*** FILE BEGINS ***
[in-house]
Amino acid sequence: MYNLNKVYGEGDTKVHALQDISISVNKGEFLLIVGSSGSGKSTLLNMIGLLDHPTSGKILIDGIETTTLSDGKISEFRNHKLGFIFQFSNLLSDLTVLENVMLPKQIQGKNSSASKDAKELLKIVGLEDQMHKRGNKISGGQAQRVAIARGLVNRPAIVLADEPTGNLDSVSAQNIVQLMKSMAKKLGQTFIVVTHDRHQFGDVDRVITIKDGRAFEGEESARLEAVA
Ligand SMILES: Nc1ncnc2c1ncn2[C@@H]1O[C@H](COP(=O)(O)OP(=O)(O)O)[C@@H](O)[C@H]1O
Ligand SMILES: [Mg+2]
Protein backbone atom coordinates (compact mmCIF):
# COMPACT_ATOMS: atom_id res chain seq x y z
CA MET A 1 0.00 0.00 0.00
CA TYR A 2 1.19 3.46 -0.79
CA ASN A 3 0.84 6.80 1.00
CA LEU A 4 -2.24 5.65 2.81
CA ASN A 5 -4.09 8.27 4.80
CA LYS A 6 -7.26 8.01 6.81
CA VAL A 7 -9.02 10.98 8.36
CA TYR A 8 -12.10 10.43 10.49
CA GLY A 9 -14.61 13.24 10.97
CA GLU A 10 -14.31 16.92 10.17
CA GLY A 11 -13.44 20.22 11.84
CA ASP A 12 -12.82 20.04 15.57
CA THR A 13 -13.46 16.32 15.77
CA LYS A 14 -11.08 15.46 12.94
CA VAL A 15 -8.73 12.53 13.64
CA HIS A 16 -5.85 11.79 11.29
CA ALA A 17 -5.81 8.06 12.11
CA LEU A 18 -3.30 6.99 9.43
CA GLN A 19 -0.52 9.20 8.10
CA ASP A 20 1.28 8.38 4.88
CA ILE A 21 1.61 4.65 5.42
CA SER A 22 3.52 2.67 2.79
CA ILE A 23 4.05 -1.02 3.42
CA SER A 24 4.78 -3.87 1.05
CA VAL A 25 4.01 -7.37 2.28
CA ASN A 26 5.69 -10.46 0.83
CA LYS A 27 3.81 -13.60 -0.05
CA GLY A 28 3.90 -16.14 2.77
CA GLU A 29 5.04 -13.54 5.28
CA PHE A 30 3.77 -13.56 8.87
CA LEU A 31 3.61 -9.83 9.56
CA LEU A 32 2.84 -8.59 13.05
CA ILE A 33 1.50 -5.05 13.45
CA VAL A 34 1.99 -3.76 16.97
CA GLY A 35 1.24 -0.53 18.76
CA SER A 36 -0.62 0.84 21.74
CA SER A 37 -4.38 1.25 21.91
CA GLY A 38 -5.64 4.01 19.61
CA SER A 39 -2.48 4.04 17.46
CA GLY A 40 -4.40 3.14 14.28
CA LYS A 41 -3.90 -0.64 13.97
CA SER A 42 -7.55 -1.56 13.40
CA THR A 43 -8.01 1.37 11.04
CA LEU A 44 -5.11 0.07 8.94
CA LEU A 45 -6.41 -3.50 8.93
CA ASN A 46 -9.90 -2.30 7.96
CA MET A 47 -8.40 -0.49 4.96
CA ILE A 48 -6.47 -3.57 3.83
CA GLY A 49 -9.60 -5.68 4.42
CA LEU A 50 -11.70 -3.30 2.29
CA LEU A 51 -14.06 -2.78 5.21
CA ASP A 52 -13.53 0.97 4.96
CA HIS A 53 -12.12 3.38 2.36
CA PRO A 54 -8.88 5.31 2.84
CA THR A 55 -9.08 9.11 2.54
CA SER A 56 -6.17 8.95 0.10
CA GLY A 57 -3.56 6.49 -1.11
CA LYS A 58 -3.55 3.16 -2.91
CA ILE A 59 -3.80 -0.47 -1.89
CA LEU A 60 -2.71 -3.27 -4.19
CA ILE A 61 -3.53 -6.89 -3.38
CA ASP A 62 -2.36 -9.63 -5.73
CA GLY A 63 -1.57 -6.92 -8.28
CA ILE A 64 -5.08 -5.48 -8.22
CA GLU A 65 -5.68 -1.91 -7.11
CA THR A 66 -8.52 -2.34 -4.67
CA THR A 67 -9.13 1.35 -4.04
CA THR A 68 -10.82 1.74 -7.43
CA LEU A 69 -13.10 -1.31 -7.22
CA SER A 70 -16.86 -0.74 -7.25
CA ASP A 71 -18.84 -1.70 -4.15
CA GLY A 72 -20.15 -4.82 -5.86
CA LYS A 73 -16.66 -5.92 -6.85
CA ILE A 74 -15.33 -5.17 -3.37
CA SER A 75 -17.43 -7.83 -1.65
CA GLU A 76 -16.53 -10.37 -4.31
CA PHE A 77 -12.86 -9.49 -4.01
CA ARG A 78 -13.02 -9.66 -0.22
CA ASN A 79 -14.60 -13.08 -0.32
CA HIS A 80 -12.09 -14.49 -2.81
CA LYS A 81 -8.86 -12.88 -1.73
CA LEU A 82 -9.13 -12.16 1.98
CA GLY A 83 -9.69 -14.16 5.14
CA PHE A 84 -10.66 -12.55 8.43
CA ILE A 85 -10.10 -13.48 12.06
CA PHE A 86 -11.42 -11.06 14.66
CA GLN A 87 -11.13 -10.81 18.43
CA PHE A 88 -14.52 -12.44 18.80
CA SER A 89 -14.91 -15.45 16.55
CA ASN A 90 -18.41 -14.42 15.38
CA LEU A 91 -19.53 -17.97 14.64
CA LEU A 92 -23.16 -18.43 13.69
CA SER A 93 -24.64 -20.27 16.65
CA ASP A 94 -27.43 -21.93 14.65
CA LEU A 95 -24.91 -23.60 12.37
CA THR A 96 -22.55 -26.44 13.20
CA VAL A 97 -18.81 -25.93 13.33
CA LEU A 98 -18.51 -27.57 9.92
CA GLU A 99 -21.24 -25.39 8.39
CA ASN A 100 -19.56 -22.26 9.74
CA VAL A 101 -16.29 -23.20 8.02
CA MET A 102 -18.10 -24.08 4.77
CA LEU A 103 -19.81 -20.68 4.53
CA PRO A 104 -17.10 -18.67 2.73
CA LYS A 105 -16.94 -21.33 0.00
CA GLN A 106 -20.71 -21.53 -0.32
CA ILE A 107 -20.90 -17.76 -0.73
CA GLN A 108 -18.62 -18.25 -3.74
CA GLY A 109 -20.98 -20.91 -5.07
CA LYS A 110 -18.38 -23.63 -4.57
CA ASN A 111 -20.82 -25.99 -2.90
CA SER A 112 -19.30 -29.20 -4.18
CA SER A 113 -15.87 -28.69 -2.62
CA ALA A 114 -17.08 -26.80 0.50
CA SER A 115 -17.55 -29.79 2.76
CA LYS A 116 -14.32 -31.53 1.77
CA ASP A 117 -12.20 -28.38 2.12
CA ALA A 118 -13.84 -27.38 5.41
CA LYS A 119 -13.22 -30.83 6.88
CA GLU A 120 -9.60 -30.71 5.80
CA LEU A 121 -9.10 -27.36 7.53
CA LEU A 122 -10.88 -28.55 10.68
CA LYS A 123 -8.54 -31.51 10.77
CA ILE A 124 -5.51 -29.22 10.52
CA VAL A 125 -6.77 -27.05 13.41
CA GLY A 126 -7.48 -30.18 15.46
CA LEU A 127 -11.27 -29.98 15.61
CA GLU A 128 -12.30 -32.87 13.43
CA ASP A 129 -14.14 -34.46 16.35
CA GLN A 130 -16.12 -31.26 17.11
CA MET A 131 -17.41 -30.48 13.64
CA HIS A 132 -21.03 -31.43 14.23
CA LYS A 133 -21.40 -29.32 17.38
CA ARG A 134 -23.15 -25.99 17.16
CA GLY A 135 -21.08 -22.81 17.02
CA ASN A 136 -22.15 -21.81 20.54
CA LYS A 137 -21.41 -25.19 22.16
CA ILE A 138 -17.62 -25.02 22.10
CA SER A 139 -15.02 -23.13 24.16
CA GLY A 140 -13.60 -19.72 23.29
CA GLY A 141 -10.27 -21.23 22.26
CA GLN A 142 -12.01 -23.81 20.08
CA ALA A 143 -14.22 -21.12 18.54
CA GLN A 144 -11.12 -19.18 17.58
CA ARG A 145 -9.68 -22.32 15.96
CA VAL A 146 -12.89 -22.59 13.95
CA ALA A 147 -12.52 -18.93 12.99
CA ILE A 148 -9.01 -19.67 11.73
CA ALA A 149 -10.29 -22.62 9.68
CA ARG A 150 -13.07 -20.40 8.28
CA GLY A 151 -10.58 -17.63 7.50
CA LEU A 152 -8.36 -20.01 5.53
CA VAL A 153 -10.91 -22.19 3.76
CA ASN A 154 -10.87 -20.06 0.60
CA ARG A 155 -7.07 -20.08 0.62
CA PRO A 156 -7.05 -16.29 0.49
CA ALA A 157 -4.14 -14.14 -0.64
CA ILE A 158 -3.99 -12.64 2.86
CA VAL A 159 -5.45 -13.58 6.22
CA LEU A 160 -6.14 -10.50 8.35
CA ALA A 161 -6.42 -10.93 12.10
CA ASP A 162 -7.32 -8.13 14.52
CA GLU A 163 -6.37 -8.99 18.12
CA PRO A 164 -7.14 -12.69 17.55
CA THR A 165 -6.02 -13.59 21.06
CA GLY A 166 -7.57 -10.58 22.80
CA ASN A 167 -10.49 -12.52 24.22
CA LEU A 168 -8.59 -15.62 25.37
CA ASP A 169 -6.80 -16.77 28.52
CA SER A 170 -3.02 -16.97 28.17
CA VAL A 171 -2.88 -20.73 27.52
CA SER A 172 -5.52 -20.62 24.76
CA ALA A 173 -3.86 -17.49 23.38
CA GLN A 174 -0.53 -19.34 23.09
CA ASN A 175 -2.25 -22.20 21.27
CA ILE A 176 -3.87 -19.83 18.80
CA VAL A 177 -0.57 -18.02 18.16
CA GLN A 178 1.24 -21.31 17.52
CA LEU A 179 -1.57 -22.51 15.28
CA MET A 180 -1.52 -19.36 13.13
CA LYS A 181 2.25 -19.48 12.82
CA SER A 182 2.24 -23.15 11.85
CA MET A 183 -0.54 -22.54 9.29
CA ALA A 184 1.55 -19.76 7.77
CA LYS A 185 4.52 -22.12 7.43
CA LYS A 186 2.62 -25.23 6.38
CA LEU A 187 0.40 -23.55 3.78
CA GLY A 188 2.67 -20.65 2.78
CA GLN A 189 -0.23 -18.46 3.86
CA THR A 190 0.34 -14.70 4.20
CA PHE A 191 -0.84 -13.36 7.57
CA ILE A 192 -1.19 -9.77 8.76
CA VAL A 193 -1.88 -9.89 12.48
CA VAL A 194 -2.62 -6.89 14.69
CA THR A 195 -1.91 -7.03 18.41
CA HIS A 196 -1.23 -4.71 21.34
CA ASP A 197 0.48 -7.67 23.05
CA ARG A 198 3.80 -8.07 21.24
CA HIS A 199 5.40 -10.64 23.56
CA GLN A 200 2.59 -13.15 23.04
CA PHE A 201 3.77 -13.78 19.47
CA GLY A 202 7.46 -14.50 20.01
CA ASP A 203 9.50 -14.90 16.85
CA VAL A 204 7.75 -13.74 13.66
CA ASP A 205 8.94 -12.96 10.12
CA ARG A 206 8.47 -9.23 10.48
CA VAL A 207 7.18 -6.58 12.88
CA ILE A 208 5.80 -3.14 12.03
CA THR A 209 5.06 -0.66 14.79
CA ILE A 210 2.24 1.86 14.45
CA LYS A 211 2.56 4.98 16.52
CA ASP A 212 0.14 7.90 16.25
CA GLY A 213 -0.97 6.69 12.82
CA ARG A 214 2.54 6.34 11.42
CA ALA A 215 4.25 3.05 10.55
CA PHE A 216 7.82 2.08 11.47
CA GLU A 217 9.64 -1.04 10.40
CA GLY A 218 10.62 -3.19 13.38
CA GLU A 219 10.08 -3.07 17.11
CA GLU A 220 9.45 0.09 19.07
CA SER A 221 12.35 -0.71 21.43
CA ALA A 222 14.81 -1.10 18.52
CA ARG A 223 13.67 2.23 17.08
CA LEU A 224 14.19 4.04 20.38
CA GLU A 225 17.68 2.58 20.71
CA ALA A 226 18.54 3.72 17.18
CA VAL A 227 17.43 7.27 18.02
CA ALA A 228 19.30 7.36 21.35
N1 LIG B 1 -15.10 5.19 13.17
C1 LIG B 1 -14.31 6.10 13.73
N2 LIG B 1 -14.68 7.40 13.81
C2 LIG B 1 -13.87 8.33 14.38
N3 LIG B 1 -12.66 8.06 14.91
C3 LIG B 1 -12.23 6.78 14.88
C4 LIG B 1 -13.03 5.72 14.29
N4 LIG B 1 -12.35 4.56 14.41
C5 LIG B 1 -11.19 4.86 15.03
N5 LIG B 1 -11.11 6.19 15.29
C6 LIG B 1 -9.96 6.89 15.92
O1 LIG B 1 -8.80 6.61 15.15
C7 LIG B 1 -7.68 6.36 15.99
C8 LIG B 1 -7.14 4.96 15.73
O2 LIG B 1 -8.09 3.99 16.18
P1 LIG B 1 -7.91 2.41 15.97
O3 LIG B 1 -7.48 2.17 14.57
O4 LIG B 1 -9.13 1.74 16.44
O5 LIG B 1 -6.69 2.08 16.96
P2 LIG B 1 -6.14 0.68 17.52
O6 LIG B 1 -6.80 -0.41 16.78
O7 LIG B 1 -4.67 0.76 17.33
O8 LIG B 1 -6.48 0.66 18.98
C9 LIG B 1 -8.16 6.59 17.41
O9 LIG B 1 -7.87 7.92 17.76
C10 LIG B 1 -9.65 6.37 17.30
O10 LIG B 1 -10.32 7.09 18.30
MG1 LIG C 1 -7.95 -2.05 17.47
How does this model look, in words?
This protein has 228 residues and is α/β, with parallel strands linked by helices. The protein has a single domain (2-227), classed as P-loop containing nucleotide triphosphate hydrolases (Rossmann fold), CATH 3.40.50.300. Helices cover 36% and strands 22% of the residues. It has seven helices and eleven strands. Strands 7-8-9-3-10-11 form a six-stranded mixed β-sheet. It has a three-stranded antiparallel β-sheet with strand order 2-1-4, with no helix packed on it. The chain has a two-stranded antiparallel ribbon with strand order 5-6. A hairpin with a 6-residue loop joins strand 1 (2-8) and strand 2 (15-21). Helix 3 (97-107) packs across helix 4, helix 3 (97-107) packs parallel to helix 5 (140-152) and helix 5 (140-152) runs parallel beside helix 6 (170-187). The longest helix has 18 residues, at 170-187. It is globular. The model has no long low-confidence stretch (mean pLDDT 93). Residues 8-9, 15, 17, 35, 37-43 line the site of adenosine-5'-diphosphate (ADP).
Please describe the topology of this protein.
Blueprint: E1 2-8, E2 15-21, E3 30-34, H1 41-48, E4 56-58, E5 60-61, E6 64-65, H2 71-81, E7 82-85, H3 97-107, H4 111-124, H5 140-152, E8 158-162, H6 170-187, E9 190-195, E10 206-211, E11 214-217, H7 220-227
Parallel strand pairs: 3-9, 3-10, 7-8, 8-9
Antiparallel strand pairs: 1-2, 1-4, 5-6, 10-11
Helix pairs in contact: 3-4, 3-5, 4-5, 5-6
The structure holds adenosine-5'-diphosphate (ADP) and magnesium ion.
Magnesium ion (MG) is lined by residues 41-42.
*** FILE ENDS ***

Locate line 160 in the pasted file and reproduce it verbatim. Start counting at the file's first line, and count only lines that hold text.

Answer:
CA ASN A 154 -10.87 -20.06 0.60